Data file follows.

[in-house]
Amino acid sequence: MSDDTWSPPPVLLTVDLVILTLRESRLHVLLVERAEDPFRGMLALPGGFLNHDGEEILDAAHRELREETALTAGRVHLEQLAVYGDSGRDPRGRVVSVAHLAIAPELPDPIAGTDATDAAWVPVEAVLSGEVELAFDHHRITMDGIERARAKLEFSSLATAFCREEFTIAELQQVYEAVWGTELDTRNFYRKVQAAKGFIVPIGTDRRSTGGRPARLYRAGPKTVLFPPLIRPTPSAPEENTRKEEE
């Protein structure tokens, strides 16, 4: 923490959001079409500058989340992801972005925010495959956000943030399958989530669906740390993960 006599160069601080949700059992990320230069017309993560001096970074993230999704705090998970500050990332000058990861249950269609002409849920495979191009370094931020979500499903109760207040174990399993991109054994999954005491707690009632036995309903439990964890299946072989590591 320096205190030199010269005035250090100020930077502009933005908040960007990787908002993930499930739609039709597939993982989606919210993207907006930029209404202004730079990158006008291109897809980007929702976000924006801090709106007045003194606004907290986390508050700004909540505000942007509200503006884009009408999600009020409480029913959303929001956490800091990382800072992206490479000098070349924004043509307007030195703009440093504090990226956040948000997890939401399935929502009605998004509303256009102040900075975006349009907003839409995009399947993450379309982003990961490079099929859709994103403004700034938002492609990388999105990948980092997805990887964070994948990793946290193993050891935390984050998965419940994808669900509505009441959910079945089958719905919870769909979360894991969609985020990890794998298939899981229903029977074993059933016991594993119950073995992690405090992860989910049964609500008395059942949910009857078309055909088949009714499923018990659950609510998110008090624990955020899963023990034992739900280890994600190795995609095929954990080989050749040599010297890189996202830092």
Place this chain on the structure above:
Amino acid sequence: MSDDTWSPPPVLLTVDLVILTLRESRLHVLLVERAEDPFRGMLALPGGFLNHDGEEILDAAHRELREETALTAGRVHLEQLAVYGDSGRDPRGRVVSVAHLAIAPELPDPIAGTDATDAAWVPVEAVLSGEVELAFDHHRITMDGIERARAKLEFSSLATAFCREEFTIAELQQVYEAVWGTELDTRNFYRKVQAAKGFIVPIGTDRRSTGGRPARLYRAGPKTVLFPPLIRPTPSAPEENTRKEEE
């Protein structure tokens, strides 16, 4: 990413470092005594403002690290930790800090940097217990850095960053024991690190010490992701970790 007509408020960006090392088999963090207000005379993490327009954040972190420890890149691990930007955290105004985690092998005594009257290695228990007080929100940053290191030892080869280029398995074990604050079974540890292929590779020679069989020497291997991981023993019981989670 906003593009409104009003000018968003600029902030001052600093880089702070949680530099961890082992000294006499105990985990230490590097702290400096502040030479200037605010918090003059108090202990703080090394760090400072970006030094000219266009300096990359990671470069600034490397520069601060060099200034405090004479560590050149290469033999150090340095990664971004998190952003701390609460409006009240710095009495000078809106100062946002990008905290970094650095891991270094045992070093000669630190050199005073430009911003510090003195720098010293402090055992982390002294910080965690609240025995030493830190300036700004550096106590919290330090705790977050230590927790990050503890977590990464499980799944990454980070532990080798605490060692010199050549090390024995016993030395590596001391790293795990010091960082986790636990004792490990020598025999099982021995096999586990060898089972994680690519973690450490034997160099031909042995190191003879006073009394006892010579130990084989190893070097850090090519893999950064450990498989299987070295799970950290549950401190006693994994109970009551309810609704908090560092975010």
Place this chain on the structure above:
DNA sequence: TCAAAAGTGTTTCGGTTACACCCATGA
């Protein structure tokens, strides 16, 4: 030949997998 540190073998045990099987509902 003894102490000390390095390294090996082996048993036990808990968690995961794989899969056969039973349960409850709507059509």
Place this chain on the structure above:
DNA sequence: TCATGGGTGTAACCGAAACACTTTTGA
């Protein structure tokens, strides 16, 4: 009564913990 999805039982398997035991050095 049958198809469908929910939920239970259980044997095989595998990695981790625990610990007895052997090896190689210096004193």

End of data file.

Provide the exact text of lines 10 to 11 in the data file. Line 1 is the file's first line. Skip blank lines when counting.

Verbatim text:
Place this chain on the structure above:
DNA sequence: TCATGGGTGTAACCGAAACACTTTTGA